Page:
In the power games at court, played with such ferocity by his women, against whom he railed quietly as he grew older, Claudius appeared to be something of a patsy, but in the areas of justice (where he was often eccentric), finance, legislation and administration of his Empire, Claudius was conscientious, efficient, innovative and powerful. He was an intelligent man who had studied Roman history and, when his own survival was not in question, he was just, tactful and considerate. His reforms were unpopular with his own class because he preferred procurators, his own people, to prefects, the Senate’s. His contribution to the streamlining of the imperial administration was not recognized until well after his death, though he was promptly deified. Because of his ailments he was interested in medicine and prone to give his subjects much homely advice, extolling the benefits, for instance, of farting. His almost daily attendance at court was deplored by the legal profession because his judgements were capricious, emotional and inconsistent. Once an exasperated advocate threw a briefcase at him. He did not mind. Then a superstitious orator, a knight from Gaul, let fall from his toga a snake’s egg, a Druidic good luck token. Claudius, terrified that the magic might affect him, waved him away to be executed. He panicked easily but his decisions were always sound if there was time for consideration.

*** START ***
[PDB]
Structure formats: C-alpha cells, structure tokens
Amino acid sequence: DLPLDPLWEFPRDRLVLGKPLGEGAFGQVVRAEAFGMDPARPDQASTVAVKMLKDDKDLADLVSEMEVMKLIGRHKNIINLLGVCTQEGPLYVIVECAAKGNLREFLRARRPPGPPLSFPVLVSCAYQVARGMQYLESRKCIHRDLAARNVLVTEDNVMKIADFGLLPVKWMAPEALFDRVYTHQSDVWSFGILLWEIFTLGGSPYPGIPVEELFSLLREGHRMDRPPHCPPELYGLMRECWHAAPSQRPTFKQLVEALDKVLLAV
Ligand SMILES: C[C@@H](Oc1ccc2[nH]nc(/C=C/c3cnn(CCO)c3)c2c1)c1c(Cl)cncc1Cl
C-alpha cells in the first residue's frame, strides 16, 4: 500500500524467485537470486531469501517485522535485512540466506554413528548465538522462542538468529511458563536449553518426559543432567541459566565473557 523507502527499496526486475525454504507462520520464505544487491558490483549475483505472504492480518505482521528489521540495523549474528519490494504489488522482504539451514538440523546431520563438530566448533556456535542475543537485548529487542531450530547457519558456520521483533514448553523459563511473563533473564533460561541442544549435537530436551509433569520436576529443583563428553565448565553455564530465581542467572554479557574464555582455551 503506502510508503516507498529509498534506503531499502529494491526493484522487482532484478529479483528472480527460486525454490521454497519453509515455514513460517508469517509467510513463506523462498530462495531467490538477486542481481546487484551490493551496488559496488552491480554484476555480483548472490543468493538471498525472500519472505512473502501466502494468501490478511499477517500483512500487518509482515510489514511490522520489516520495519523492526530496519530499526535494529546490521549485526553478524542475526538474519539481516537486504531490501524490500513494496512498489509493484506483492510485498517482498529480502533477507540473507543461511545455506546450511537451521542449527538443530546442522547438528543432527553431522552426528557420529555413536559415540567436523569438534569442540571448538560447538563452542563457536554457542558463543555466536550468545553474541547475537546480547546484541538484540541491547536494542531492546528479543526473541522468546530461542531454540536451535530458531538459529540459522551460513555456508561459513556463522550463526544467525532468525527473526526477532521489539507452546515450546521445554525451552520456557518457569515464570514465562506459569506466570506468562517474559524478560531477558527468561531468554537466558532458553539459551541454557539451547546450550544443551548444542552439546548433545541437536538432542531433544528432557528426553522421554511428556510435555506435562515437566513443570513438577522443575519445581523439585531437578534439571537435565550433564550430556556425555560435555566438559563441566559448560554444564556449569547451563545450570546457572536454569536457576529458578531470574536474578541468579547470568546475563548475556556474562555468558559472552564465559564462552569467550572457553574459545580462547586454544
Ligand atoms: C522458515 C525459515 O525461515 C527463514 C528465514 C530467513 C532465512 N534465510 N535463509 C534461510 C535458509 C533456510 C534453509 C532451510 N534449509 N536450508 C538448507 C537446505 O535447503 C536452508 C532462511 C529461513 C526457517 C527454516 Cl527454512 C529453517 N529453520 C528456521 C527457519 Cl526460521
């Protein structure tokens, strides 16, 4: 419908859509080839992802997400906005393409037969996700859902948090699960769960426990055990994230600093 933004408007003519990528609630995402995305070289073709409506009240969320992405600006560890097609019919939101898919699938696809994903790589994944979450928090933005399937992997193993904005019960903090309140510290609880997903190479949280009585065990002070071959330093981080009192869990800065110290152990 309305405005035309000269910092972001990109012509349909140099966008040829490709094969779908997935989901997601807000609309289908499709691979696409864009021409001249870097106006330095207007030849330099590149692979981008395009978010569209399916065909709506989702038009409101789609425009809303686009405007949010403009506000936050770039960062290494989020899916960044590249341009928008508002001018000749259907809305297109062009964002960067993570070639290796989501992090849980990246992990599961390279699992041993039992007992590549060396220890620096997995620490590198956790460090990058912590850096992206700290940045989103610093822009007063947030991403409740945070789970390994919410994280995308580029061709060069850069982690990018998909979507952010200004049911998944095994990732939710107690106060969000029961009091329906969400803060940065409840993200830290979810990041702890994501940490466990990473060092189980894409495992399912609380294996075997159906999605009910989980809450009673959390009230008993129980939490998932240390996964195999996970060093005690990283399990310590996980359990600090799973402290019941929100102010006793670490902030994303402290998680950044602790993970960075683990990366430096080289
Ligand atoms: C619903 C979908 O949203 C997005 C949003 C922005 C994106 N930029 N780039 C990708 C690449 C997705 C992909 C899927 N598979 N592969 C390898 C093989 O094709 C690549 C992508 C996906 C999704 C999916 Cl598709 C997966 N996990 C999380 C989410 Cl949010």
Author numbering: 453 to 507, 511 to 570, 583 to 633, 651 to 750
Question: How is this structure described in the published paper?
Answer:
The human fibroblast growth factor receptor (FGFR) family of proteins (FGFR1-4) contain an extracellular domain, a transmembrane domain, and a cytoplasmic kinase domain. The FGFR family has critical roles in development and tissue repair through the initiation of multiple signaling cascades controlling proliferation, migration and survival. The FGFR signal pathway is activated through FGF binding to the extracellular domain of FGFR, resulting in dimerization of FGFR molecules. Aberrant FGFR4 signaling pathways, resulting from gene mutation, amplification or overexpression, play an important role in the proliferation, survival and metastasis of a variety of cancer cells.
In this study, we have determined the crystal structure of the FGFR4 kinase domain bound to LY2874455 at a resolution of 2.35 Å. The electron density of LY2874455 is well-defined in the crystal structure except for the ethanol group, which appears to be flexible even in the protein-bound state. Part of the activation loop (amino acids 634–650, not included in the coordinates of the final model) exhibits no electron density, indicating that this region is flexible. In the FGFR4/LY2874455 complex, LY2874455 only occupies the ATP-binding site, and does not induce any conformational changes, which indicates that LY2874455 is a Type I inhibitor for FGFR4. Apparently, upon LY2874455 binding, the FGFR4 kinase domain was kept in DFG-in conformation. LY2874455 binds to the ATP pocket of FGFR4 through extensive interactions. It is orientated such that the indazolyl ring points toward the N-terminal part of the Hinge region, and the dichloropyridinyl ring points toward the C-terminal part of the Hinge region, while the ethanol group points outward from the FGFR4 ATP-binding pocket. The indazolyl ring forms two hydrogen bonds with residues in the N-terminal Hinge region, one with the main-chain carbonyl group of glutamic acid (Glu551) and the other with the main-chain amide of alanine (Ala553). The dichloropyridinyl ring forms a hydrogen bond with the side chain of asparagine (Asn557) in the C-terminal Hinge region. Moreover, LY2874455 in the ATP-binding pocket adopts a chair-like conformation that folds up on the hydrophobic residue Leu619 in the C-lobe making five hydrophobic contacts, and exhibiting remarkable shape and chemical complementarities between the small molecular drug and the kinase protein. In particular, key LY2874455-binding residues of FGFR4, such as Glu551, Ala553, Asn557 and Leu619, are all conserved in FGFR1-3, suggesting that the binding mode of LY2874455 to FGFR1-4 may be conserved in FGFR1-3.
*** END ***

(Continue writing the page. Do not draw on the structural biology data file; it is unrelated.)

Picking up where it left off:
Juvenal invented the phrase ‘bread and circuses’ as the basic needs of the Roman populace, but it also expected public works from its rulers. Cicero distinguished between the useful and the decorative, the docks, aqueducts and walls, and the theatres, colonnades and temples (preferred, of course, by Caligula). Claudius obliged in the useful categories and added another of his own – maintenance – the sine qua non of civilization.